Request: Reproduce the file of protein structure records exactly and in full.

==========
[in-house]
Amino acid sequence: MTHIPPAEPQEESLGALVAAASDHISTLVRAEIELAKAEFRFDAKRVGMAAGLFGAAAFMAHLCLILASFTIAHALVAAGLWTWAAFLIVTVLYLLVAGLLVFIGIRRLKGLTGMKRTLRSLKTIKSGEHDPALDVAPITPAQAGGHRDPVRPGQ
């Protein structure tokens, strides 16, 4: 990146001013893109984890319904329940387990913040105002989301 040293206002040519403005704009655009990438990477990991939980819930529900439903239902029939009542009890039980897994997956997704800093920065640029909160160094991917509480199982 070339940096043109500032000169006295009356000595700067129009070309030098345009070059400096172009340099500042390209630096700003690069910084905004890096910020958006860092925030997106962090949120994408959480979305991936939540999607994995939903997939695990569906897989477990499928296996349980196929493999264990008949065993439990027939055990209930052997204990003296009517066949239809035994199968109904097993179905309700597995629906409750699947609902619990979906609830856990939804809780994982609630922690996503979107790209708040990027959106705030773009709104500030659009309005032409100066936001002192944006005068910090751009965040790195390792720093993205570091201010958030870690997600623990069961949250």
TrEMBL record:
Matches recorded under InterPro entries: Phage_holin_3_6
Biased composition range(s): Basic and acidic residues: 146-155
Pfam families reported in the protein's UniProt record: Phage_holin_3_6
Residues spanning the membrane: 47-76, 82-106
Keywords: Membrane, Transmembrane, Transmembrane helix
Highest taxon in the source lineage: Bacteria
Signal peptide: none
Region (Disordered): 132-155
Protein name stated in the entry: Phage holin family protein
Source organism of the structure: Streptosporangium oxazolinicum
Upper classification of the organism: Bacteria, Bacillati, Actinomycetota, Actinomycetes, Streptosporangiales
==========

[in-house]
Amino acid sequence: MTHIPPAEPQEESLGALVAAASDHISTLVRAEIELAKAEFRFDAKRVGMAAGLFGAAAFMAHLCLILASFTIAHALVAAGLWTWAAFLIVTVLYLLVAGLLVFIGIRRLKGLTGMKRTLRSLKTIKSGEHDPALDVAPITPAQAGGHRDPVRPGQ
């Protein structure tokens, strides 16, 4: 990146001013893109984890319904329940387990913040105002989301 040293206002040519403005704009655009990438990477990991939980819930529900439903239902029939009542009890039980897994997956997704800093920065640029909160160094991917509480199982 070339940096043109500032000169006295009356000595700067129009070309030098345009070059400096172009340099500042390209630096700003690069910084905004890096910020958006860092925030997106962090949120994408959480979305991936939540999607994995939903997939695990569906897989477990499928296996349980196929493999264990008949065993439990027939055990209930052997204990003296009517066949239809035994199968109904097993179905309700597995629906409750699947609902619990979906609830856990939804809780994982609630922690996503979107790209708040990027959106705030773009709104500030659009309005032409100066936001002192944006005068910090751009965040790195390792720093993205570091201010958030870690997600623990069961949250």
TrEMBL record:
Matches recorded under InterPro entries: Phage_holin_3_6
Biased composition range(s): Basic and acidic residues: 146-155
Pfam families reported in the protein's UniProt record: Phage_holin_3_6
Residues spanning the membrane: 47-76, 82-106
Keywords: Membrane, Transmembrane, Transmembrane helix
Highest taxon in the source lineage: Bacteria
Signal peptide: none
Region (Disordered): 132-155
Protein name stated in the entry: Phage holin family protein
Source organism of the structure: Streptosporangium oxazolinicum
Upper classification of the organism: Bacteria, Bacillati, Actinomycetota, Actinomycetes, Streptosporangiales